From the Forum – is it legal for condo HOA to impose different rules for renters vs. owners?

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is it legal for condo HOA to impose different rules for renters vs. owners?:

“Condo building HOA is proposing enacting a new rule that would prohibit renters from having pets. However, any owners who live in the building, are permitted to have pets.

Just curious if anybody is aware if this is legit? Is it ok to apply different rules depending on your status of being an owner resident vs. tenant resident?

All current renters would be grandfathered in. Not sure if it matters, but this building has approximately a 54% to 46% owner to investor ratio.”

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8 Comment

  • Yes, it is legal

  • I rented in the Cairo ages ago, and they had this rule. Condo HOAs are entitled to adopt rules, and they just have to be reasonable. The association can vote in new board members if they aren’t. Your own pets may be wonderful, but the HOA could reasonably feel that on average renters are less invested in the building, less likely to live there a long time, and more likely to have nuisance pets. Don’t like it, live somewhere else.

  • With a ration like that, the condo has bigger problems than dog poop in the hallway. No bank should be extending mortgages to buyers in that condo.

    • Clearly this building does not qualify for FHA mortgages (and possibly not VA mortgages) with that ratio.

      • Yeah, I’m surprised that the proportion of investors is so high. Maybe this condo association never set a cap on how high the percentage could go?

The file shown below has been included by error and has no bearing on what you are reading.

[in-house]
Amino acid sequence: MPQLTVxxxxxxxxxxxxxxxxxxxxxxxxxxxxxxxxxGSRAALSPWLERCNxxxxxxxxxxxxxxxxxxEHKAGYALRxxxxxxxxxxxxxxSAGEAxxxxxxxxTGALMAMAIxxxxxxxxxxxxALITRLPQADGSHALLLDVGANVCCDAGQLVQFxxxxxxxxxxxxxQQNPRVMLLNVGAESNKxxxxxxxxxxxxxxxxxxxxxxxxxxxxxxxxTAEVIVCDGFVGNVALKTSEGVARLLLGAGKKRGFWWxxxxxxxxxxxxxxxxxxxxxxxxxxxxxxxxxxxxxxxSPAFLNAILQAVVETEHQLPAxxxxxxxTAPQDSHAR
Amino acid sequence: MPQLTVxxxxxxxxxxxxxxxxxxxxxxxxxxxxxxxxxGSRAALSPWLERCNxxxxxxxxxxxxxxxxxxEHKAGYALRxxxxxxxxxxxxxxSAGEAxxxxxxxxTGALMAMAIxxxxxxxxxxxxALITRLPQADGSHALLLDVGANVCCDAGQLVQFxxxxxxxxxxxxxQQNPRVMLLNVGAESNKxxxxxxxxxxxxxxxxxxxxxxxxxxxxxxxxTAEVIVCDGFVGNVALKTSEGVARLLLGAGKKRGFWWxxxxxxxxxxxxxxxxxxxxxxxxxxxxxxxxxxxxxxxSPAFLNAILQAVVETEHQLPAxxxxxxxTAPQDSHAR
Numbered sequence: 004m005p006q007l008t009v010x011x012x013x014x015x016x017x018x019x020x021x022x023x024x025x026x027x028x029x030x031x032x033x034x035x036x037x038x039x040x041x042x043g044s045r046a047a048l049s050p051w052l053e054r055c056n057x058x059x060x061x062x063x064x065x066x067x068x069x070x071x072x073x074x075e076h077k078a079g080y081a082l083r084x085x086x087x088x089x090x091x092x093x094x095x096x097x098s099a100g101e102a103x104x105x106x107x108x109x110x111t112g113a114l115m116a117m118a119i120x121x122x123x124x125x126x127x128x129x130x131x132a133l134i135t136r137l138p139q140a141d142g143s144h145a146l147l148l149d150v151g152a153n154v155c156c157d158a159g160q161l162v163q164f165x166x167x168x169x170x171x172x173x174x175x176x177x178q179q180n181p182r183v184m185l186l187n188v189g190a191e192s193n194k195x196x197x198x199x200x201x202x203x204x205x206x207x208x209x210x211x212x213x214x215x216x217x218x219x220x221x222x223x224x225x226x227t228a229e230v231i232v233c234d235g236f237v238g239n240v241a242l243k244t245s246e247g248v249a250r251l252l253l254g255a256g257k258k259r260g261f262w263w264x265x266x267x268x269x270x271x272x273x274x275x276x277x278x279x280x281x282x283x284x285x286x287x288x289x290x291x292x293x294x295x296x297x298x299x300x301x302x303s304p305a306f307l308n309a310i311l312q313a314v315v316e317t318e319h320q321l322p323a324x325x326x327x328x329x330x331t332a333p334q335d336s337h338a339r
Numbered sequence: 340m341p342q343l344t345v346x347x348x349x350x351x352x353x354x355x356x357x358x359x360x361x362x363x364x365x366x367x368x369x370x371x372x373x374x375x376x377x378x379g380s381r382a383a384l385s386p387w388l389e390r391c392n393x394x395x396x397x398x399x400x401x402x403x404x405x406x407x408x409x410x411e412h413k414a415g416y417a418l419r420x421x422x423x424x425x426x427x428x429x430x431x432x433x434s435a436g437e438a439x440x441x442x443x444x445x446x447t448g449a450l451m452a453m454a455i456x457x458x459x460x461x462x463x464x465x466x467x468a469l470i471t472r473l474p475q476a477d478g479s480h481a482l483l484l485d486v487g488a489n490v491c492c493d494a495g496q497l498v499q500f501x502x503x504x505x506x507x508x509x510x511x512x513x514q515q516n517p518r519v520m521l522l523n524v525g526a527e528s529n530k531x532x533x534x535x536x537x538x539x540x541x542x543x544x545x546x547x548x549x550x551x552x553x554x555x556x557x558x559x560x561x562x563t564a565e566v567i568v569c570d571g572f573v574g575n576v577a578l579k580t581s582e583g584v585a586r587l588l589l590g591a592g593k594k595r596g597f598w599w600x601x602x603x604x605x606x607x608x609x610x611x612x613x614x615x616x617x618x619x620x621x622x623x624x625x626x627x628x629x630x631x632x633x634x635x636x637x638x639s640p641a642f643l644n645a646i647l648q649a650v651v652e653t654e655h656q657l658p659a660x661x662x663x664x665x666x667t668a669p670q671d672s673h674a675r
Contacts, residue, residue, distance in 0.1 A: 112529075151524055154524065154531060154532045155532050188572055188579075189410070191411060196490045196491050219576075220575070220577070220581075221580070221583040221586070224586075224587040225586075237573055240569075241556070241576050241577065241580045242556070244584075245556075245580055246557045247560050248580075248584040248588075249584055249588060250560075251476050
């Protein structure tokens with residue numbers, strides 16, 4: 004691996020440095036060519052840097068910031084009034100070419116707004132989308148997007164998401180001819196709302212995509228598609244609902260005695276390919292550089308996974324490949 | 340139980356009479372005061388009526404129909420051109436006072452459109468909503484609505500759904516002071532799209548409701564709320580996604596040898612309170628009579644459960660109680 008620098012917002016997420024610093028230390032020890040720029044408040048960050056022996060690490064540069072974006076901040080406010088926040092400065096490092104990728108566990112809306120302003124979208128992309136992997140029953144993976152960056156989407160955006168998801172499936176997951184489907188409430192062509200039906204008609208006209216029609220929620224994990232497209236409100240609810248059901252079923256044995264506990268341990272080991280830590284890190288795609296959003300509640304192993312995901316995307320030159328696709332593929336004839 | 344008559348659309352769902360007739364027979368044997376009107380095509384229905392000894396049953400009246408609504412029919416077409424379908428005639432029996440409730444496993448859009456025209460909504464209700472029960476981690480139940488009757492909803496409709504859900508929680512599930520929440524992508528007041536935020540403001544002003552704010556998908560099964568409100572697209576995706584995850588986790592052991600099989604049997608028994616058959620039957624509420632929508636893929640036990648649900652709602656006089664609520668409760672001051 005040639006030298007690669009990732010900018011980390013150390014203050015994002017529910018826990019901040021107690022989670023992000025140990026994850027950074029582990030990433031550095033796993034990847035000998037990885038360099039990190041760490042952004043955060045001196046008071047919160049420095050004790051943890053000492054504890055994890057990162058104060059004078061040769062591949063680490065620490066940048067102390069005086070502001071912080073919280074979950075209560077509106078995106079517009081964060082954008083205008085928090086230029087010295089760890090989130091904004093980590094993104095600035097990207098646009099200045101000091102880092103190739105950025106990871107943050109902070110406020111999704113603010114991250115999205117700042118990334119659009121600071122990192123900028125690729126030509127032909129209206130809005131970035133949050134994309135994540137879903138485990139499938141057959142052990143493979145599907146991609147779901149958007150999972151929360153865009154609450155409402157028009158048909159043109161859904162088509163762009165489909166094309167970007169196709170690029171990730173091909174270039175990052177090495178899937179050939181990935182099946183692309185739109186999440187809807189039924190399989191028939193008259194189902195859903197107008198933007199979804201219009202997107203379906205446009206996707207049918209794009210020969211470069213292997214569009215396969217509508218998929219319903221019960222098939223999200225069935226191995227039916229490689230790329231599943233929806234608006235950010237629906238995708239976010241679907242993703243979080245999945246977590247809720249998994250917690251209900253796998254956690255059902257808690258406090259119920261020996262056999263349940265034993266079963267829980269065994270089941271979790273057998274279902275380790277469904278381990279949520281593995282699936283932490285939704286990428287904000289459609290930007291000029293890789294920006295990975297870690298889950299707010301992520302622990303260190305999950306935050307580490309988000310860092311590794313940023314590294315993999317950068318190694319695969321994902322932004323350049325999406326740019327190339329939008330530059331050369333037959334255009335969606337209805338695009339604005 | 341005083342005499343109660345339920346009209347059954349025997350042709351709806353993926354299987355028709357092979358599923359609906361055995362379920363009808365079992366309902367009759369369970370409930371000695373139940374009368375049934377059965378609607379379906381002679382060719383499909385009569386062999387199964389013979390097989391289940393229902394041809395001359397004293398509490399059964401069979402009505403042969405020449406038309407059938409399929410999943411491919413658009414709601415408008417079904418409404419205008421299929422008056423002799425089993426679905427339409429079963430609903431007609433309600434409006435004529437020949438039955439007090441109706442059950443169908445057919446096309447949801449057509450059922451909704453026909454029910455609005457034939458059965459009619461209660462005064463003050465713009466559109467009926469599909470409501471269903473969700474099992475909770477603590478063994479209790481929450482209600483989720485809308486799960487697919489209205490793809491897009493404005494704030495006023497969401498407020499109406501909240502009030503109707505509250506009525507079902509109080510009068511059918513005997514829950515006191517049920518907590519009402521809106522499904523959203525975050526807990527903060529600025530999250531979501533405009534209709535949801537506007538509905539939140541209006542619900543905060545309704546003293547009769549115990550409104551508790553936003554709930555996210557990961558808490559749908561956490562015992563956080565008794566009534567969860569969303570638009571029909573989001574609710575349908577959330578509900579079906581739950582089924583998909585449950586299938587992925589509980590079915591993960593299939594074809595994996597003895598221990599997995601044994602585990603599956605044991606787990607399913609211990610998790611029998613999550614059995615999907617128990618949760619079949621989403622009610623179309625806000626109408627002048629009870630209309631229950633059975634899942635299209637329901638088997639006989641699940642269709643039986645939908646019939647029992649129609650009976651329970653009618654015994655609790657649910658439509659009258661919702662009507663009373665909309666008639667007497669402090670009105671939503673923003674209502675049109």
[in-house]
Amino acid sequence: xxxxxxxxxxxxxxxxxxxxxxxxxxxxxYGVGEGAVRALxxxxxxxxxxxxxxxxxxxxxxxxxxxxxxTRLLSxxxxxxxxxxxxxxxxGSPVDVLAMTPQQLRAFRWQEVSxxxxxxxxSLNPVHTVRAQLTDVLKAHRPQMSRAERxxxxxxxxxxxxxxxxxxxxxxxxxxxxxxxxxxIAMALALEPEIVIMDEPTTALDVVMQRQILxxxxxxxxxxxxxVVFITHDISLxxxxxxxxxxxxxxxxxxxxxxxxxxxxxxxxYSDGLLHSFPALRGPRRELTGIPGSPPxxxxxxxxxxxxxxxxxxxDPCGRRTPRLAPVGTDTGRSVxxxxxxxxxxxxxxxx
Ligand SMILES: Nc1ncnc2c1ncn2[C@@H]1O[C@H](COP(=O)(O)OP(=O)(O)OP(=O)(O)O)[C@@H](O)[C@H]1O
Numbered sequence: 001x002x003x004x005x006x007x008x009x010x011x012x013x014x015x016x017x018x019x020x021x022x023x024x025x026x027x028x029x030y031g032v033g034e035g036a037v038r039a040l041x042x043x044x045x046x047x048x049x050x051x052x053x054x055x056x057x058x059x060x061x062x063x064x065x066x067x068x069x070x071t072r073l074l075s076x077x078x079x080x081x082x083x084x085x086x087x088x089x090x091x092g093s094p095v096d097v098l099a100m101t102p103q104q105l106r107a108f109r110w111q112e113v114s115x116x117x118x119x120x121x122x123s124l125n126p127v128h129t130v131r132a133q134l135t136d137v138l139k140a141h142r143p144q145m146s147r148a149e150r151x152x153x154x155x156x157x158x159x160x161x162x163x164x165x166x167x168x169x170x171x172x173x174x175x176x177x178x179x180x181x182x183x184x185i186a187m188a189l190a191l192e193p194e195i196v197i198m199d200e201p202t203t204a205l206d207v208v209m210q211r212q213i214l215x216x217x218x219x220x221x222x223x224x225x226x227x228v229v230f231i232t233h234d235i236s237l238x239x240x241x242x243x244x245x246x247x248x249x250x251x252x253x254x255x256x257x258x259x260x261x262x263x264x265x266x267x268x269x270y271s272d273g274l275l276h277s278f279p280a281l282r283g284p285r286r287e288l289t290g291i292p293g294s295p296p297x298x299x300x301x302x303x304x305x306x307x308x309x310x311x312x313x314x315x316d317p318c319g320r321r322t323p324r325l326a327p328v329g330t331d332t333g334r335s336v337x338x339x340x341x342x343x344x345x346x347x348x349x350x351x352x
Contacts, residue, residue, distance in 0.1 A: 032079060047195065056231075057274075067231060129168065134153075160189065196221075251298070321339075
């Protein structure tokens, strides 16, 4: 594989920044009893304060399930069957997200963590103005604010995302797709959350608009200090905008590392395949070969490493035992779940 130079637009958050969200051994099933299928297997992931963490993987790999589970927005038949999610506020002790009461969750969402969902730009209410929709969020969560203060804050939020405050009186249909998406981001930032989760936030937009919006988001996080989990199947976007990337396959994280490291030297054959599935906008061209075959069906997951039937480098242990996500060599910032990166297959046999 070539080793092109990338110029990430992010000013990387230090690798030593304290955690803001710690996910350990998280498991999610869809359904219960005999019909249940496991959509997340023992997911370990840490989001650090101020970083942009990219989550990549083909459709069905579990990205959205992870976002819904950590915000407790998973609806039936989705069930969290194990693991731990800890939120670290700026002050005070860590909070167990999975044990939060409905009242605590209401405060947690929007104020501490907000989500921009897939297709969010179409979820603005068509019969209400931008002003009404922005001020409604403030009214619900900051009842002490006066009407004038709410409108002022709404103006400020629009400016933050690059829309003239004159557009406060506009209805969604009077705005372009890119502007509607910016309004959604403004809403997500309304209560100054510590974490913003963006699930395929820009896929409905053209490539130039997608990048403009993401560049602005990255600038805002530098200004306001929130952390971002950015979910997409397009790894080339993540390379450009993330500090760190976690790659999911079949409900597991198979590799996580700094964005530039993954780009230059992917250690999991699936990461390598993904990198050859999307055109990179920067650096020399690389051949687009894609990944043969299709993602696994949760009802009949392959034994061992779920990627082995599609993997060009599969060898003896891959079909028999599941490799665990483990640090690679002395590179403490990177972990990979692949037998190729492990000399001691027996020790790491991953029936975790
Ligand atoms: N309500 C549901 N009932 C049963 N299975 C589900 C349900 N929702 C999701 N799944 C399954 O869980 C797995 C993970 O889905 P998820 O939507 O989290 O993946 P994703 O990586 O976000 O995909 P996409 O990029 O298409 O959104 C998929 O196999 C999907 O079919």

• Renter caps are often the third rail of condo politics. Many condo board members won’t go near the topic for fear of ticking off their friends and neighbors who may have assumed that they’d always be able to rent their places out some day. Or the board members themselves are counting on being able to rent their units out. Either way, it’s common for condo associations to collectively deny that there’s a problem until buyers start having trouble getting financing, and then all hell breaks loose — The board gets voted out, management company fired, one or two owners insist on renting their units out in violation of the newly-imposed cap, etc.

      • Interesting point. I am in a small building and this is something I brought up to fellow owners as a potential issue going forward. If your building is small, like 4-6 units, then one or two people can tip the scales with regard to the percentage needed to qualify for FHA or VA loans, which can drastically affect your ability to sell a unit in a high dollar market like DC where many people can’t afford a traditional 20% down payment (plus closing which isn’t cheap).
        I bought as a long term investment and plan to own my unit for quite a while, but don’t know how long I will personally live here. We have discussed charging tenant units a bit more in HOA fees, etc to offset the perception that “renters don’t care for the property as well” but so far we have had great tenants and haven’t had too many issues.

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